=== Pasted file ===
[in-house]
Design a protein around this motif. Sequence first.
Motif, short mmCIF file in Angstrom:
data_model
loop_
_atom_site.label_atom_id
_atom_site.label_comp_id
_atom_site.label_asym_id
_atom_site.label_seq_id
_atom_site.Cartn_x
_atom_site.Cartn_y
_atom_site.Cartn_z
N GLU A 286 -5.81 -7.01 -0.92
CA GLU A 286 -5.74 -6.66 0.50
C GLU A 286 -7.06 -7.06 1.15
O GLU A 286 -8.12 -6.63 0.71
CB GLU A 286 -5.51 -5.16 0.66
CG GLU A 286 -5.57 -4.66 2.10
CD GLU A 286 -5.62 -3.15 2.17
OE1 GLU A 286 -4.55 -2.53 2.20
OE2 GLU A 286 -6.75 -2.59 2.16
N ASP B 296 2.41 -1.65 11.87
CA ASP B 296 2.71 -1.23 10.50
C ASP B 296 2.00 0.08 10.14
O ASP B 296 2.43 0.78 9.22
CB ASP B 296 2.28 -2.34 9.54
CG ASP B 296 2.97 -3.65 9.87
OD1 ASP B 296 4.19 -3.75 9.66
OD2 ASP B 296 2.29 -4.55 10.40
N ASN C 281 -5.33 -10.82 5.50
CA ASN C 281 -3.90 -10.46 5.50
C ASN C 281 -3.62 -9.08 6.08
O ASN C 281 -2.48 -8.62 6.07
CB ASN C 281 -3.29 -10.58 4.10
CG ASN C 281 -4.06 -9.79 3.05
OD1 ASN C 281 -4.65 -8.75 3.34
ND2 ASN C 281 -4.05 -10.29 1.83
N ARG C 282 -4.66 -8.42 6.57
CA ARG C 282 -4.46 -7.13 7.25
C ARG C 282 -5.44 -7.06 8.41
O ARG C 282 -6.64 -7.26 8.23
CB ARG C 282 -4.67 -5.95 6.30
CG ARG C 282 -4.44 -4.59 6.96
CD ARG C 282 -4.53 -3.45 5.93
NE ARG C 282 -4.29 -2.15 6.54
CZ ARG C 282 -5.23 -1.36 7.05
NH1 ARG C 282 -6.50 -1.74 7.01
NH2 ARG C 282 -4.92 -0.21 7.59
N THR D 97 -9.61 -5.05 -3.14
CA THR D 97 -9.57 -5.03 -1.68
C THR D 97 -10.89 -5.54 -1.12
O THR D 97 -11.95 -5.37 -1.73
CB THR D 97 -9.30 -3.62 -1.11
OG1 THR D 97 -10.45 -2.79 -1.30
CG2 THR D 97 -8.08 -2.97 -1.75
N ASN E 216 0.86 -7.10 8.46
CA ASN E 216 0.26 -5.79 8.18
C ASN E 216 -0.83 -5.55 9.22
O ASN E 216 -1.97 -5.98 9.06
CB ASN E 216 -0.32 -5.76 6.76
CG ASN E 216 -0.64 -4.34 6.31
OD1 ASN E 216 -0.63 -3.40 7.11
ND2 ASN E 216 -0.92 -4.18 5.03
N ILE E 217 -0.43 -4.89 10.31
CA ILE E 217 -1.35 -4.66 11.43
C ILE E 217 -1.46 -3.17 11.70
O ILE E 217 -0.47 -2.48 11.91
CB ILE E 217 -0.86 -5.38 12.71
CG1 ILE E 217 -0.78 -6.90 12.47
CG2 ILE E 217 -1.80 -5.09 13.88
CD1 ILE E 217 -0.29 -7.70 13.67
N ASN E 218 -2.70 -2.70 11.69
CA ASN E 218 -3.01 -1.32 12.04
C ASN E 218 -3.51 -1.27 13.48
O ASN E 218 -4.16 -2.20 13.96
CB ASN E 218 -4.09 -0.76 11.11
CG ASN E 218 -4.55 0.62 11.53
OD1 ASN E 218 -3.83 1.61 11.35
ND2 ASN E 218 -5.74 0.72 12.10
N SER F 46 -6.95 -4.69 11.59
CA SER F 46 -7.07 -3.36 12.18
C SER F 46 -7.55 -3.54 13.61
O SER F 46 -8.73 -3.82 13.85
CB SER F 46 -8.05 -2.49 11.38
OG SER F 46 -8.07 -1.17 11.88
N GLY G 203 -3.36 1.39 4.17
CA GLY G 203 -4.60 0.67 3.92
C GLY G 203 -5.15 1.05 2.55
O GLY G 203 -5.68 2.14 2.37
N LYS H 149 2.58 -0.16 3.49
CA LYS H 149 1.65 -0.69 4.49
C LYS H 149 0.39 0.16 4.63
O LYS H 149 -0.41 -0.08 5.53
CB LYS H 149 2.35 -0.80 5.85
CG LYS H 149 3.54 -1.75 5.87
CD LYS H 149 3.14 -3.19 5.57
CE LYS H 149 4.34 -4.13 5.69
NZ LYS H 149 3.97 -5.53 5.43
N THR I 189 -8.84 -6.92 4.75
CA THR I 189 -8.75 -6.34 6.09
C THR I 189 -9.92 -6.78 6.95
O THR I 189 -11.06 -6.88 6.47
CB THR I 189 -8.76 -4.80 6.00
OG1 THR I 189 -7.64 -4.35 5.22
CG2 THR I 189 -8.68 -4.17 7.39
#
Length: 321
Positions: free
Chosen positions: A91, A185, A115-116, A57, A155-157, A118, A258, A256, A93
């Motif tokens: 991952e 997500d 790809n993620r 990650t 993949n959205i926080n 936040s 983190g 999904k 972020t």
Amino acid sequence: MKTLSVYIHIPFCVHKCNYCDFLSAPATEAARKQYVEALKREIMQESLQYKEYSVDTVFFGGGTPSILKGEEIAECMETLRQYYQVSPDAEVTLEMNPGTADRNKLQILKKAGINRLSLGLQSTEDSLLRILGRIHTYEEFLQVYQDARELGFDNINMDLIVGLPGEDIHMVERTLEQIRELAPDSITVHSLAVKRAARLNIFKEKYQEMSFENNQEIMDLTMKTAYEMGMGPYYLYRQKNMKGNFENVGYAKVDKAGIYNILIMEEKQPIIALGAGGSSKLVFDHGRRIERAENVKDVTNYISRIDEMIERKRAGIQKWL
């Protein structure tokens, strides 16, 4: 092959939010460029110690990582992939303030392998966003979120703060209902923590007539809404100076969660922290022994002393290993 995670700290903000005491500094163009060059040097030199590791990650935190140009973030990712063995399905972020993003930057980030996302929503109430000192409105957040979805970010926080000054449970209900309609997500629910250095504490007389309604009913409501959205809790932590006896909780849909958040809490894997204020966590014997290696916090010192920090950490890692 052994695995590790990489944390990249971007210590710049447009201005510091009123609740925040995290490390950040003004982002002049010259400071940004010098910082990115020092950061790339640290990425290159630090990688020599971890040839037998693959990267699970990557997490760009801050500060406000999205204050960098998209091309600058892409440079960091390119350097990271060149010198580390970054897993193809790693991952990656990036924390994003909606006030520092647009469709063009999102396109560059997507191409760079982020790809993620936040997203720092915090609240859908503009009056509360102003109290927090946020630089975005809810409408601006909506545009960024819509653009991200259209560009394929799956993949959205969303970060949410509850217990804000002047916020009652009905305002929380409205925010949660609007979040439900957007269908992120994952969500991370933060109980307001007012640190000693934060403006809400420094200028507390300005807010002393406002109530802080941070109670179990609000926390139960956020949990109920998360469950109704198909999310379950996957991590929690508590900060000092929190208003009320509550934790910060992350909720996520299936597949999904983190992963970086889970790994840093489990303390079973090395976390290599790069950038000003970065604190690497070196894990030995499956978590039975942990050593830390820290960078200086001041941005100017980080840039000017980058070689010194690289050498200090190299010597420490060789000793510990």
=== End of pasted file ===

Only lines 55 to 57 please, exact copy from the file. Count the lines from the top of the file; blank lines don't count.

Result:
CG2 THR D 97 -8.08 -2.97 -1.75
N ASN E 216 0.86 -7.10 8.46
CA ASN E 216 0.26 -5.79 8.18